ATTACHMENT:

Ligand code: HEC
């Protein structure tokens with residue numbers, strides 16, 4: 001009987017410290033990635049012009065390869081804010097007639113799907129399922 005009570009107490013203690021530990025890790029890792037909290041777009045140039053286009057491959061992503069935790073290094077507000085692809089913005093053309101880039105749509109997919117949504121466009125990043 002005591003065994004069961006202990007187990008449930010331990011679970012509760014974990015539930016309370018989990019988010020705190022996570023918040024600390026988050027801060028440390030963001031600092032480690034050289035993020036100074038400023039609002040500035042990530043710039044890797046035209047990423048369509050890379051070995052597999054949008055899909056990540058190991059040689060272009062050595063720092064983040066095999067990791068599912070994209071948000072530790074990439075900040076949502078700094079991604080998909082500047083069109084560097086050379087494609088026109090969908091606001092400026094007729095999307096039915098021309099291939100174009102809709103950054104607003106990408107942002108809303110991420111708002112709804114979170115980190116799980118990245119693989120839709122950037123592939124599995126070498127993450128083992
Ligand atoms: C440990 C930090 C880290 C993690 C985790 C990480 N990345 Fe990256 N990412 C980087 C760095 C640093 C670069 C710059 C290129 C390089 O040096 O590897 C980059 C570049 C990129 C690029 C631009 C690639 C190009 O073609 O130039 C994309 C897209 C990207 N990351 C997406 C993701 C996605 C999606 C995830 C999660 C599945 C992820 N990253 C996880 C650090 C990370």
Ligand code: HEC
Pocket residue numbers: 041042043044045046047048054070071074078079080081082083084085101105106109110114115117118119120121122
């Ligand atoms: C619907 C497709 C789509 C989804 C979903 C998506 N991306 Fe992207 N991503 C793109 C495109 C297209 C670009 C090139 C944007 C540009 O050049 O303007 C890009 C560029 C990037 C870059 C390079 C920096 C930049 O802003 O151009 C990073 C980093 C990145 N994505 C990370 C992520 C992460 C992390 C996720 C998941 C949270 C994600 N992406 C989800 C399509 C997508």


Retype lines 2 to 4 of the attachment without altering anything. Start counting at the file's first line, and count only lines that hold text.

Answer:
């Protein structure tokens with residue numbers, strides 16, 4: 001009987017410290033990635049012009065390869081804010097007639113799907129399922 005009570009107490013203690021530990025890790029890792037909290041777009045140039053286009057491959061992503069935790073290094077507000085692809089913005093053309101880039105749509109997919117949504121466009125990043 002005591003065994004069961006202990007187990008449930010331990011679970012509760014974990015539930016309370018989990019988010020705190022996570023918040024600390026988050027801060028440390030963001031600092032480690034050289035993020036100074038400023039609002040500035042990530043710039044890797046035209047990423048369509050890379051070995052597999054949008055899909056990540058190991059040689060272009062050595063720092064983040066095999067990791068599912070994209071948000072530790074990439075900040076949502078700094079991604080998909082500047083069109084560097086050379087494609088026109090969908091606001092400026094007729095999307096039915098021309099291939100174009102809709103950054104607003106990408107942002108809303110991420111708002112709804114979170115980190116799980118990245119693989120839709122950037123592939124599995126070498127993450128083992
Ligand atoms: C440990 C930090 C880290 C993690 C985790 C990480 N990345 Fe990256 N990412 C980087 C760095 C640093 C670069 C710059 C290129 C390089 O040096 O590897 C980059 C570049 C990129 C690029 C631009 C690639 C190009 O073609 O130039 C994309 C897209 C990207 N990351 C997406 C993701 C996605 C999606 C995830 C999660 C599945 C992820 N990253 C996880 C650090 C990370």
Ligand code: HEC